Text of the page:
Creed Humphrey and Austin Blythe – For a while, it seemed the Chiefs had effectively switched Austin Reiter out for Austin Blythe. Blythe has been an effective NFL starter for the last 2 years, however, he was more or less a patch job at the position for a year. Blythe graded similarly to Reiter, a little better run blocker and a little worse at pass blocking. Blythe is a classic “low-floor and low-ceiling” addition. Without the addition of Humphrey, it’s hard to say the center position had been upgraded.
Through the draft, the Chiefs were able to add what most analysis believed to be the top center in the draft class in Creed Humphrey. He projects to be the starting center in Kansas City for the next four years. He’s big, physical, smart, and athletic; Humphrey projects to be everything you want in a center. However, until we see him on the field in game action, everything is just a projection. Creed would not be the first rookie to completely disappoint his draft profile. Though there is a path to struggling at center in 2021, it doesn’t seem likely.
Laurent Duvernay-Tardif and Kyle Long – Here is where the questions can really begin with the outlook on the offensive line. Kyle Long and LDT have played as many NFL snaps as I have in the last year. When we last saw LDT, he had a down season in 2019, ranking 53rd among starting guards. It’s hard to see him coming back and improving upon his 2019. Similarly, Kyle Long decided he couldn’t take another season of blocking for Mitch Trubisky and retired in 2020. Long certainly has had years of great production as a starter but those were several injury-riddled years ago.
Again, the depth at the right guard position is definitely improved, especially when you include Trey Smith and Nick Allegretti into the mix. However, expecting Smith to walk in and start is a lot to ask of a late-round rookie. All three of the potential starters at right guard are total unknowns at this point.
Lucas Niang and Mike Remmers – You can comfort yourself with Geoff Schwartz tweets all you like but Lucas Niang did not look good in the rookie camp videos. Additionally, the little hype video of him catching tennis balls(??) and taking left tackle snaps with his feet 5 yards apart did not look good.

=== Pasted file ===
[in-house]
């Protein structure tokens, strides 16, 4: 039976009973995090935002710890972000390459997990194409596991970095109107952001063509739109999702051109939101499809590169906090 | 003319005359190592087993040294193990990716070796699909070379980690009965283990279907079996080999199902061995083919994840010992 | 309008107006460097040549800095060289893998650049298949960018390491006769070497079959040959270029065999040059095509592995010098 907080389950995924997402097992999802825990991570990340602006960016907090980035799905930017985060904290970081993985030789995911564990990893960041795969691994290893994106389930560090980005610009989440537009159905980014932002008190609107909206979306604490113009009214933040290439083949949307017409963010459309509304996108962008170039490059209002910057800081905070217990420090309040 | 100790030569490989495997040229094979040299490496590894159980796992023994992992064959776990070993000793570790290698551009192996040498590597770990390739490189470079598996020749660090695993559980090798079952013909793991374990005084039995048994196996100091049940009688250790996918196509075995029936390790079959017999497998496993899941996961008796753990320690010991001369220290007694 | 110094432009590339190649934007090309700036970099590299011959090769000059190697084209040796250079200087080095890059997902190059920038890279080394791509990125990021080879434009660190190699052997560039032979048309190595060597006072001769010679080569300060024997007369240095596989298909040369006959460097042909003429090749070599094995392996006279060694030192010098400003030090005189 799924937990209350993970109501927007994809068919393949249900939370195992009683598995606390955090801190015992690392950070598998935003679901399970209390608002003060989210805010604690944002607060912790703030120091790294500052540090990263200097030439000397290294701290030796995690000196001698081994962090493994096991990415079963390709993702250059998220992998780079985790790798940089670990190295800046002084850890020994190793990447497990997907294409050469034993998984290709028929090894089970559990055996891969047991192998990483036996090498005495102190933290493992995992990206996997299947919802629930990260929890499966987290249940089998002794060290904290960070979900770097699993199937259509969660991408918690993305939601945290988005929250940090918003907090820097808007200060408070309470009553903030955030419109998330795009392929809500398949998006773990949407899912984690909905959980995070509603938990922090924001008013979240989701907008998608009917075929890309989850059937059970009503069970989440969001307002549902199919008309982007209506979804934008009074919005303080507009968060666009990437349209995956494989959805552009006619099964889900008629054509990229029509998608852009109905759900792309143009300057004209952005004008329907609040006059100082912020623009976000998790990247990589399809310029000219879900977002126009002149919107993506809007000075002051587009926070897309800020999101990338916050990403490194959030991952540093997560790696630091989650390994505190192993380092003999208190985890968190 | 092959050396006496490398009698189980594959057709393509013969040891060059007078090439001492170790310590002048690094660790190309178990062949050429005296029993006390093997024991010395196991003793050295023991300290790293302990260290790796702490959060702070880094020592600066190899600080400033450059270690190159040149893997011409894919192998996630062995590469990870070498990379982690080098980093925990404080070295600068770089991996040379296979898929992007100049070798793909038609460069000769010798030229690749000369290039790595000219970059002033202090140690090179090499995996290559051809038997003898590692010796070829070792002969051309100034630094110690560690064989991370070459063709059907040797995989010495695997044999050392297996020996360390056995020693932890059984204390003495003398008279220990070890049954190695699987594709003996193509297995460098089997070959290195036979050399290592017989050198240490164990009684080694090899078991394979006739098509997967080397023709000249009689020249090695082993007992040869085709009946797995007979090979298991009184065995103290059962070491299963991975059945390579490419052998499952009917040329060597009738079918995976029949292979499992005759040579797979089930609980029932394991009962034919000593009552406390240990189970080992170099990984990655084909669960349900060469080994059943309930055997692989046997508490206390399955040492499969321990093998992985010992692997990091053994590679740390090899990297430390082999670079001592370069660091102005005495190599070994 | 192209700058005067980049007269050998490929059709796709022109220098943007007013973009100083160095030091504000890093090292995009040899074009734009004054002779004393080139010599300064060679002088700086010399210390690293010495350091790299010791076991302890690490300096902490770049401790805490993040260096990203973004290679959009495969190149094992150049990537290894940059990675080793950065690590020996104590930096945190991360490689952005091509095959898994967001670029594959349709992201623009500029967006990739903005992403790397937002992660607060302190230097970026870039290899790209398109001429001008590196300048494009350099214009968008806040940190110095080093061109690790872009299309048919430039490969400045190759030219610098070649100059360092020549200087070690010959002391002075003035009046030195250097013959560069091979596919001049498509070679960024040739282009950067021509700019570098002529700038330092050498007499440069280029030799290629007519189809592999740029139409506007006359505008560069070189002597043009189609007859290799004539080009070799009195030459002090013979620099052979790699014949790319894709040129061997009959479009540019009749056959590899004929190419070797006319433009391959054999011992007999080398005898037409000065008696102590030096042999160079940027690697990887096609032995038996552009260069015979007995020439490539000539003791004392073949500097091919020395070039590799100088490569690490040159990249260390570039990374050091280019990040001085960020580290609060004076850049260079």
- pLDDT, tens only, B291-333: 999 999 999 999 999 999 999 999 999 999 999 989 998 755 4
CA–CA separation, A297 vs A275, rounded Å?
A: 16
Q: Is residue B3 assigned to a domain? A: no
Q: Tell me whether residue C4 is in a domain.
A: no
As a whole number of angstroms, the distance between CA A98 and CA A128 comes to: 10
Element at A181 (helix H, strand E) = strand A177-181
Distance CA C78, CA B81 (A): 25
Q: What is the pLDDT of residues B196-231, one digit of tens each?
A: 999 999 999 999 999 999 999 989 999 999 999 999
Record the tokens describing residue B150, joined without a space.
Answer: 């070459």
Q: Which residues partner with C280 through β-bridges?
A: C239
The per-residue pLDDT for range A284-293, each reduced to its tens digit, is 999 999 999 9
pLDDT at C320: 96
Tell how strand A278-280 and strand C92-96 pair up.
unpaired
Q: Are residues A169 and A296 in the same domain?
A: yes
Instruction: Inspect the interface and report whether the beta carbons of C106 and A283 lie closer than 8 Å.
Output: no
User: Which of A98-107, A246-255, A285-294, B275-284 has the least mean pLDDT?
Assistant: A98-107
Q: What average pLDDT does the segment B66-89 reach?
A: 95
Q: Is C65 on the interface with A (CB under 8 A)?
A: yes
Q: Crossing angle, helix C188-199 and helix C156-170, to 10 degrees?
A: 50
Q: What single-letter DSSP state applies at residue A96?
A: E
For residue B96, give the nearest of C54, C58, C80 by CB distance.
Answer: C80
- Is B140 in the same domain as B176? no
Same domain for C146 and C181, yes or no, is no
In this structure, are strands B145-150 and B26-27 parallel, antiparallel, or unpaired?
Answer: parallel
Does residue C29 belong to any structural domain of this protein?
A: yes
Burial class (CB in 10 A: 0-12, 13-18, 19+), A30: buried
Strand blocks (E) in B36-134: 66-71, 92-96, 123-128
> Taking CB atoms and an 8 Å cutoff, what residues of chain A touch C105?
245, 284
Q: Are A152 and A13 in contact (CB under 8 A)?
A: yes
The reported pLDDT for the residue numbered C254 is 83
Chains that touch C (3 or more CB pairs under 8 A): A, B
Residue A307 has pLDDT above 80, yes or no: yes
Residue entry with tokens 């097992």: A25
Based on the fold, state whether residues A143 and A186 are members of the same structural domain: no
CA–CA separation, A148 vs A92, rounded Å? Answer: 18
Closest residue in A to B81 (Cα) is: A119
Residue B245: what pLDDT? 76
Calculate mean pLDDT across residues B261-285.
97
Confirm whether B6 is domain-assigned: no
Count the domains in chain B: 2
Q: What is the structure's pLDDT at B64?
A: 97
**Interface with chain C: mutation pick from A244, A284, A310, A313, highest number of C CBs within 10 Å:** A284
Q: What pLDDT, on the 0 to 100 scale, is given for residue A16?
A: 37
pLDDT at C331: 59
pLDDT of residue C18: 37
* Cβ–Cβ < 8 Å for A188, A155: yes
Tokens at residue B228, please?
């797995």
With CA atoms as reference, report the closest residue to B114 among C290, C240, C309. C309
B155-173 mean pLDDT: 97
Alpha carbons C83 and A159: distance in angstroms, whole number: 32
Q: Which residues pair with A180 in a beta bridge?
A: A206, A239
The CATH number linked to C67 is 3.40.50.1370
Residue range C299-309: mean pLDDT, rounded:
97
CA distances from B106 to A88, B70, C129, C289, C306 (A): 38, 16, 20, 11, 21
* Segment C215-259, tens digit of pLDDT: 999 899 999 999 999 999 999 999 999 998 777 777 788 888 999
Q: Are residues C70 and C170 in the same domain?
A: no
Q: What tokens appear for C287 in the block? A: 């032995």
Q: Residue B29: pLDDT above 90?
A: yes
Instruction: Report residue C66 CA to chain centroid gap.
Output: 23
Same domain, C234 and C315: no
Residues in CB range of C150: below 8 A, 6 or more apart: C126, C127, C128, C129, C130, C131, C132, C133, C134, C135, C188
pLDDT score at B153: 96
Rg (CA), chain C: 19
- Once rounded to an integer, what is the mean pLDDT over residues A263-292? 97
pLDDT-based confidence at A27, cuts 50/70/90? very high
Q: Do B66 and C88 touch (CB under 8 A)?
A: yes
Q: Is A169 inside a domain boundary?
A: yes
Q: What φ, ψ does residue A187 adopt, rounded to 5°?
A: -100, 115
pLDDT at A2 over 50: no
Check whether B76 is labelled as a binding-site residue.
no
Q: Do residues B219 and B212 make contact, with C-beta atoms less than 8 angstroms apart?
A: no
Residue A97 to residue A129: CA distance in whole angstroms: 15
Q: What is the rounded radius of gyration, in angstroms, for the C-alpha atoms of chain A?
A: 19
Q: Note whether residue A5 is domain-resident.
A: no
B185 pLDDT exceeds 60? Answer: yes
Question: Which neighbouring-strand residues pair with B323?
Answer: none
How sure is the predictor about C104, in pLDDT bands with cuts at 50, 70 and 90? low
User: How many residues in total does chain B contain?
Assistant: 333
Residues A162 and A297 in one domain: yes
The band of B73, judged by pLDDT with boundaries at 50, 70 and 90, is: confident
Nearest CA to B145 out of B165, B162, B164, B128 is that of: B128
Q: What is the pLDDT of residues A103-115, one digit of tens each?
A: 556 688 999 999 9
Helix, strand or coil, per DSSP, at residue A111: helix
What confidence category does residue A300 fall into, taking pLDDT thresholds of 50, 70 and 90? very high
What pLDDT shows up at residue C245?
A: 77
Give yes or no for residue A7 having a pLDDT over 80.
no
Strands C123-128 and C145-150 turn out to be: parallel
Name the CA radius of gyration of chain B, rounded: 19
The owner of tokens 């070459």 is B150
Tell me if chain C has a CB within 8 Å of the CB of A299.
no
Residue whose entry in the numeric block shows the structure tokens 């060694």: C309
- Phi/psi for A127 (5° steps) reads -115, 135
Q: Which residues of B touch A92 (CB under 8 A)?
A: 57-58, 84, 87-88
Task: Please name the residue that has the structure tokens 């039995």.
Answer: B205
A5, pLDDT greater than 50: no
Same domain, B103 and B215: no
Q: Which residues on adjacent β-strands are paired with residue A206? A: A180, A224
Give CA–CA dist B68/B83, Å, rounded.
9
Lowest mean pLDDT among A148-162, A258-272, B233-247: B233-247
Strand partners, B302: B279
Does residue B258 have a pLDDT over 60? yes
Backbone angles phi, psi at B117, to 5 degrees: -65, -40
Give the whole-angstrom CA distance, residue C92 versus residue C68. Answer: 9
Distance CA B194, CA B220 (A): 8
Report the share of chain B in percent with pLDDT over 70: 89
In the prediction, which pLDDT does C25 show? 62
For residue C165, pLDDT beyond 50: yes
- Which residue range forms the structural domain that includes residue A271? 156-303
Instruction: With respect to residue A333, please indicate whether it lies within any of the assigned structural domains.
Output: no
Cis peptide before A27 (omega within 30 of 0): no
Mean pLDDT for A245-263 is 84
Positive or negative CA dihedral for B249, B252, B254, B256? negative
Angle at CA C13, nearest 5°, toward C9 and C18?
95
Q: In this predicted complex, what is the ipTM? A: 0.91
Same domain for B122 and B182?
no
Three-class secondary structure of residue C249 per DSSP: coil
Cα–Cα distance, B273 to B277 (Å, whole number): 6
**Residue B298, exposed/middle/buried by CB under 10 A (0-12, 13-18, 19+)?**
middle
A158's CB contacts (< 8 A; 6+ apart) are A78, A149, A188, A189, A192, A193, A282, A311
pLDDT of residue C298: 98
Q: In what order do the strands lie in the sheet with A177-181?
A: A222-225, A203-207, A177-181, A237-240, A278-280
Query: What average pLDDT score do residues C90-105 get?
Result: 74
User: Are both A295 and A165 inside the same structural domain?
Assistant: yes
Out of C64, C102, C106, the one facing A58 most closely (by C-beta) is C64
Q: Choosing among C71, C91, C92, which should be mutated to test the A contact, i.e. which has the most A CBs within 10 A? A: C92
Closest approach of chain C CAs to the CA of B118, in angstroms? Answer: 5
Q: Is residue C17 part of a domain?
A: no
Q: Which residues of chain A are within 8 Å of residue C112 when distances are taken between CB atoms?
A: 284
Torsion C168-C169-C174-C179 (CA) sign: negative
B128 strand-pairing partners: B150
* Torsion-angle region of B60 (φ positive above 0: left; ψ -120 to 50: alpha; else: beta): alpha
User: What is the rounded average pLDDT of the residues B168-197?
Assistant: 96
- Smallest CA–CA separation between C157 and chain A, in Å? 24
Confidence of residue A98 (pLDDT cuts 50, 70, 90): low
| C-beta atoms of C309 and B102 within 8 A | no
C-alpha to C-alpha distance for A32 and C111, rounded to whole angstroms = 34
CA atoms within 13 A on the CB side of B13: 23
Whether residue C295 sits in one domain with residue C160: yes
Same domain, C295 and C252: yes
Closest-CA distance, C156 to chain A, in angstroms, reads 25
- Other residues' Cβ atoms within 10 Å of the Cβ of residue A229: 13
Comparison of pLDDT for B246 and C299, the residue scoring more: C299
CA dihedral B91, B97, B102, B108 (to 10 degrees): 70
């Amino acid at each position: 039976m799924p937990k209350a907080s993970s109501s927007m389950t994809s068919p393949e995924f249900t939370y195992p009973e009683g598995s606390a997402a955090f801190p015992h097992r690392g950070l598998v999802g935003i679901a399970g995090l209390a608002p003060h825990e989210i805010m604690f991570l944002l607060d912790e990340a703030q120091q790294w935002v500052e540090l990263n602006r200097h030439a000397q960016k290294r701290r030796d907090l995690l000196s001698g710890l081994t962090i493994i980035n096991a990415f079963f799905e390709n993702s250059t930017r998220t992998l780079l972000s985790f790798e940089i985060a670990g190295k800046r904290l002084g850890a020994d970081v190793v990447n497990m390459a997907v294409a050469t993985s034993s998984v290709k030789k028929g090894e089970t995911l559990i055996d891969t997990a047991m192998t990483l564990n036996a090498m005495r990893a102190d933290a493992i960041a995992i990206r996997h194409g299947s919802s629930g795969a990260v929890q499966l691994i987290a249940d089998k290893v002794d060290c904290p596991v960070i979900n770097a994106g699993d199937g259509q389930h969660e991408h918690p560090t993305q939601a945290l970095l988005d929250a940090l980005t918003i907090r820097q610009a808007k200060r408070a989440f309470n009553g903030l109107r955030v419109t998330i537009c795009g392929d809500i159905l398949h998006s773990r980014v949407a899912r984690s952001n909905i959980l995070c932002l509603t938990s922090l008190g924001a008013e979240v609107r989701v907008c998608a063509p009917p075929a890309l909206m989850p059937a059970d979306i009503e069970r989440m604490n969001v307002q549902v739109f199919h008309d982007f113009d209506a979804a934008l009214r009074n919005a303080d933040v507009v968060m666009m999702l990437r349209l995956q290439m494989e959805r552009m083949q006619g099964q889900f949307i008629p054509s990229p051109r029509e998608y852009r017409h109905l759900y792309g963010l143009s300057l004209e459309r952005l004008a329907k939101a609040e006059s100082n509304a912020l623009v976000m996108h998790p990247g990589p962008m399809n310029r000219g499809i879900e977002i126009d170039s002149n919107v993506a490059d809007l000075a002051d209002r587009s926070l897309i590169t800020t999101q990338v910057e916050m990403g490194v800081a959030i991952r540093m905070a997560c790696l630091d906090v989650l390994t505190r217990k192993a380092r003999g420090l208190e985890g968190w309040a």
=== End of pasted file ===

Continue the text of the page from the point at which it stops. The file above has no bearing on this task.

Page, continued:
That’s not to say that he can’t be good in 2021 but any time a head coach comes out and addresses a player’s fitness level in rookie mini-camp; it’s not great… Niang is even more of an unknown cause he barely played his final season at TCU due to a major hip injury.
The Chiefs really want Niang to be the starting right tackle in 2021, if they grab a starting right tackle for 4 years with a third-round pick, it would be incredible value. Certainly, Niang has the pedigree and the accolades from college to be an NFL starter but penciling him in as the starter or even as a good starter is a stretch in May.
Mike Remmers was a fantastic signing for KC last year, yes Jason Pierre-Paul abused him in the Super bowl but Remmers was never meant to be the starting left tackle. Having him on the roster as a backup right tackle and guard is a good value. Remmers ranked 40th among all tackles in 2020 which is perfect for what he was signed as. This brings us back to Niang winning the job, if Remmers is a back up he’s excellent. If he’s a starter it really limits the ceiling of the offensive line.
The Chiefs have drastically raised the floor of their offensive line play, they almost have two lines better than the group of starters that lined up in Tampa. Saying that the Chiefs have dramatically improved their line is a fact. Saying that the Chiefs are top 5 offensive line in the league right now is fiction…There are more paths to the Chiefs being an average offensive line in 2021 than an elite one. This is all just to say that the expectations for the line in 2021 should be managed. Kansas City doesn’t need an elite line to be great they just need enough time to run “wasp.”